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Pear and ginger jam

10 August 2012

When I was young we had three pear trees in our small garden in Devon – one survives and produces a fine crop of large, juicy soft-skinned fruit. Each autumn I go to collect them, keep the best ones for eating, and spend hours peeling and chopping the rest to be frozen and used in jams, chutneys and desserts. Then, my suitcase full of treasure, I catch the train back to London.

Pear and ginger jam


7 jars


12 months


  • 1.3 kg (3 lb) pears (prepared weight)
  • 225 g (8 oz) preserved ginger
  • 1.1 kg (2 lb 8 oz) granulated sugar
  • 1 tsp ground cinnamon
  • grated rind of 2 lemons


This was one of my mother’s favourite recipes. Her notes read: ‘Based on a recipe from The Good Cook’s Encyclopedia, bought for me by your father on our first trip toPlymouth in 1961 at a bookshop inside the railway station. Price Two Shillings and Elevenpence – roughly 15p at today’s price. I used Langenscheidts Taschenwörterbuch (pocket dictionary) for translation.’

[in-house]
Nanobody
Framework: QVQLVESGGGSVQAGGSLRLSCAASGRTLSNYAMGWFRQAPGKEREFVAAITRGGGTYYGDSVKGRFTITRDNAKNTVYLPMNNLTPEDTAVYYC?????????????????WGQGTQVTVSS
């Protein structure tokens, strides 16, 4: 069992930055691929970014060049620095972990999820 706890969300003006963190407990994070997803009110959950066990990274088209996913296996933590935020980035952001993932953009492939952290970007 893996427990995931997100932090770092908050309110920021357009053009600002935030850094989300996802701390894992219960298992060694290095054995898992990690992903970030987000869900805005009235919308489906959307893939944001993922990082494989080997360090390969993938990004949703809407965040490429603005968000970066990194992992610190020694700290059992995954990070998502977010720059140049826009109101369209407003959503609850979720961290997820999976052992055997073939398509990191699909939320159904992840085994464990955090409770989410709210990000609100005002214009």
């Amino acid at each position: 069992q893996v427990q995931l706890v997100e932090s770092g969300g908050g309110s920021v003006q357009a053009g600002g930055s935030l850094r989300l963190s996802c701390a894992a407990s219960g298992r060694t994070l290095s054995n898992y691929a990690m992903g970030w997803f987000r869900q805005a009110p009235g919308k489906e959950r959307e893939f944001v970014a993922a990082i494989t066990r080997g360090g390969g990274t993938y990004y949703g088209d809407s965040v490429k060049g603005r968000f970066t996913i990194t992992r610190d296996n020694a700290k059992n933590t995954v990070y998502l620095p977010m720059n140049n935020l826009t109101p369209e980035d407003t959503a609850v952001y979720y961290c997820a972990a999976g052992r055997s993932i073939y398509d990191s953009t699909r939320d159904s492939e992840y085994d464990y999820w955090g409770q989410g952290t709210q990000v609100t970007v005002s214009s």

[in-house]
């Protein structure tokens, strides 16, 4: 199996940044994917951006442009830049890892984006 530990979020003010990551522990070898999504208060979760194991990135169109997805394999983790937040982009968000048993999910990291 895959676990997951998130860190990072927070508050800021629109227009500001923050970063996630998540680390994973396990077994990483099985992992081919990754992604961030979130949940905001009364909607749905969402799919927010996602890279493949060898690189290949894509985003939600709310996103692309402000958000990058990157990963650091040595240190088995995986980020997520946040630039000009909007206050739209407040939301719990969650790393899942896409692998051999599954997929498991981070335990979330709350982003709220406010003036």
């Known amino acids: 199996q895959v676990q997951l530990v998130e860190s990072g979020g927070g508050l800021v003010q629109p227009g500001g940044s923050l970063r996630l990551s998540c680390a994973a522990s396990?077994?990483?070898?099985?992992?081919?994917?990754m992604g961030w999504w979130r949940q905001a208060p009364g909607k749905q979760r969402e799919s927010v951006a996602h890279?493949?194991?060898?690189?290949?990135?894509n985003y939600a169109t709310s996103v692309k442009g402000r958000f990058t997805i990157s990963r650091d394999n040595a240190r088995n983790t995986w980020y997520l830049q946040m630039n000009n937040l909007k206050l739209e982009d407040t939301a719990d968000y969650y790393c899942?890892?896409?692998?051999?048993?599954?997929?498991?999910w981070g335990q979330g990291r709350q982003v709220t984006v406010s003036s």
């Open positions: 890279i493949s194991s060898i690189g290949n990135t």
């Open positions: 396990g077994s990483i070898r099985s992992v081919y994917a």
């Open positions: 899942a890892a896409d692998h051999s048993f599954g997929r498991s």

Makes 7 x 340g (12 oz) jars
Keeps for 12 months

1. Core and slice the pears. Peel any with tough skin. Chop the ginger.

2. Put all the ingredients in a preserving pan and bring slowly to the boil, stirring well to dissolve the sugar.

3. Boil for about 10 minutes, stirring occasionally to prevent sticking, until setting point is reached. This usually takes about 10 minutes. Pears are low in pectin, so this is a soft jam – it will thicken rather than gel, but should not be too runny. Test for a set and pot into hot sterilized jars (see page 18 of the book) when ready.

Variation: This jam can also be made with cooking apples, or a mixture of apples and pears.

Notes From The Jam Cupboard by Mary Tregellas was published by New Holland Publishers in April 2012, priced £14.99. 


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